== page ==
With their 'StopHudak' campaign, the Ontario labour movement was instrumental in defeating the Progressive Conservatives in that province's provincial election.
According to the head of the Ontario Federation of Labour Sid Ryan, they now have their sights set on Prime Minister Stephen Harper.
Ryan penned an op-ed for Rabble.ca where he talks about how they executed their strategy, in Ontario to "drive down the number of union members who vote Conservative." (The OFL predicts that 30 per cent of their membership has, in the past, voted for the PCs).
Through the winter we organized 16 filled-to-capacity interactive workshops across the province for 10,000 local labour leaders from 52 unions.
Our campaign was run from a "war room" at the OFL, where we received reports from field organizers and tracked polling results from 55 key ridings, which narrowed to a few dozen swing ridings as the political picture became clearer.
Our affiliated unions mailed and telephoned their members; some raised money to pay for advertising. OFL activists were deployed to assist with key NDP campaigns in southwestern Ontario, downtown Toronto and Oshawa, and other affiliates urged their members to vote for NDP incumbents or the party best placed to prevent a Conservative victory in their local riding.
In an email exchange with Yahoo Canada News, Ryan notes that the preparations for a similar 'Stop Harper' campaign will begin after Labour Day.
"The [Canadian Labour Congress] will take the lead on the overall campaign with assistance from the Federations of Labour across the country," Ryan said.
"I suspect each province will mount a campaign similar to Ontario's StopHudak campaign. So from an Ontario standpoint our Stop Harper campaign will have many similarities to the recent provincial campaign but within the election parameters set out by Elections Canada.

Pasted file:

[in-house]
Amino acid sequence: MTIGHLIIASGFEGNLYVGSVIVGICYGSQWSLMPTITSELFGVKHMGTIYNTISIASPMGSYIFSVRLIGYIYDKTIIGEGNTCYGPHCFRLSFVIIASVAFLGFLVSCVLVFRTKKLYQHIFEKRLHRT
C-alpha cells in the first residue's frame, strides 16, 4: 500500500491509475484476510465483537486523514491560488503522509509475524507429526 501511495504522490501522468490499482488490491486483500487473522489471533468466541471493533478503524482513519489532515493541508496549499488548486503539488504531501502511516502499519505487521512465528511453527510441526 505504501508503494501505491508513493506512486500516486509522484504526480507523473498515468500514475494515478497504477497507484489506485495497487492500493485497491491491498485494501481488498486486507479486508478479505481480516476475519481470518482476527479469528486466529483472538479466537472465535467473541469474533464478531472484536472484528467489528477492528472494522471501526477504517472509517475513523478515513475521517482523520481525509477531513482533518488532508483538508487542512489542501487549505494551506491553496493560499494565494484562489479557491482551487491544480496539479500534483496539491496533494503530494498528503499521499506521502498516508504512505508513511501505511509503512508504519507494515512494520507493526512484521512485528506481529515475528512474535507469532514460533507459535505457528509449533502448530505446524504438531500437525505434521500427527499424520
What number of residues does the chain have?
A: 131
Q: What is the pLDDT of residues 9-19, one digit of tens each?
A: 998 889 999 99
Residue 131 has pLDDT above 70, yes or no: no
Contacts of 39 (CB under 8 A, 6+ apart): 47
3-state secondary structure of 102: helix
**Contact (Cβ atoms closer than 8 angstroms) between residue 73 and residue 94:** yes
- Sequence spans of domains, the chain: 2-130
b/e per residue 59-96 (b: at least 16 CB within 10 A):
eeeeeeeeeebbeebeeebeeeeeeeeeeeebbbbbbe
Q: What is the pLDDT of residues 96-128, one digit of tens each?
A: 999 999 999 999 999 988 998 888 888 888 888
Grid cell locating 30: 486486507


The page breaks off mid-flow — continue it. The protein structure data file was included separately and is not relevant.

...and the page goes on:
"Ontario will be a major battleground and that's why it's so important that Labour mount an aggressive campaign."
The CLC's member groups will likely launch their own campaigns, as well, based on their specific beefs with the government.
"The Canadian Union of Postal Workers is campaigning against the drastic cuts to public postal service that were recently announced with the full backing of the Conservative federal government. Cuts to public services are definitely going to be an election issue," Aalya Ahmad, a spokesperson for CUPW, recently told Yahoo.
"We are working with our allies, including seniors' groups and organizations for people with disabilities, to keep cuts to postal service at the forefront of public awareness. As the election draws nearer, we will continue to speak out against these cuts and the government that is behind them."
And, in 2012, the Public Service Alliance of Canada — which is currently embroiled in a nasty public relations campaign against the Harper government about sick-leave benefits — added a 26 cent a month 'tax' to members' union dues to boost the union's war chest for political action campaigns.
The Harper Conservatives knows that the union onslaught is coming.
Here is an excerpt from their latest fundraising email to supporters:
"It is clear that our opponents are already preparing for the election in October 2015, and that they will attack us every chance they get. And when you factor in help from the big unions and special interest groups, we will probably be outspent, too."
The next federal election is tentatively scheduled for October 19, 2015.
(Photo courtesy of The Canadian Press)
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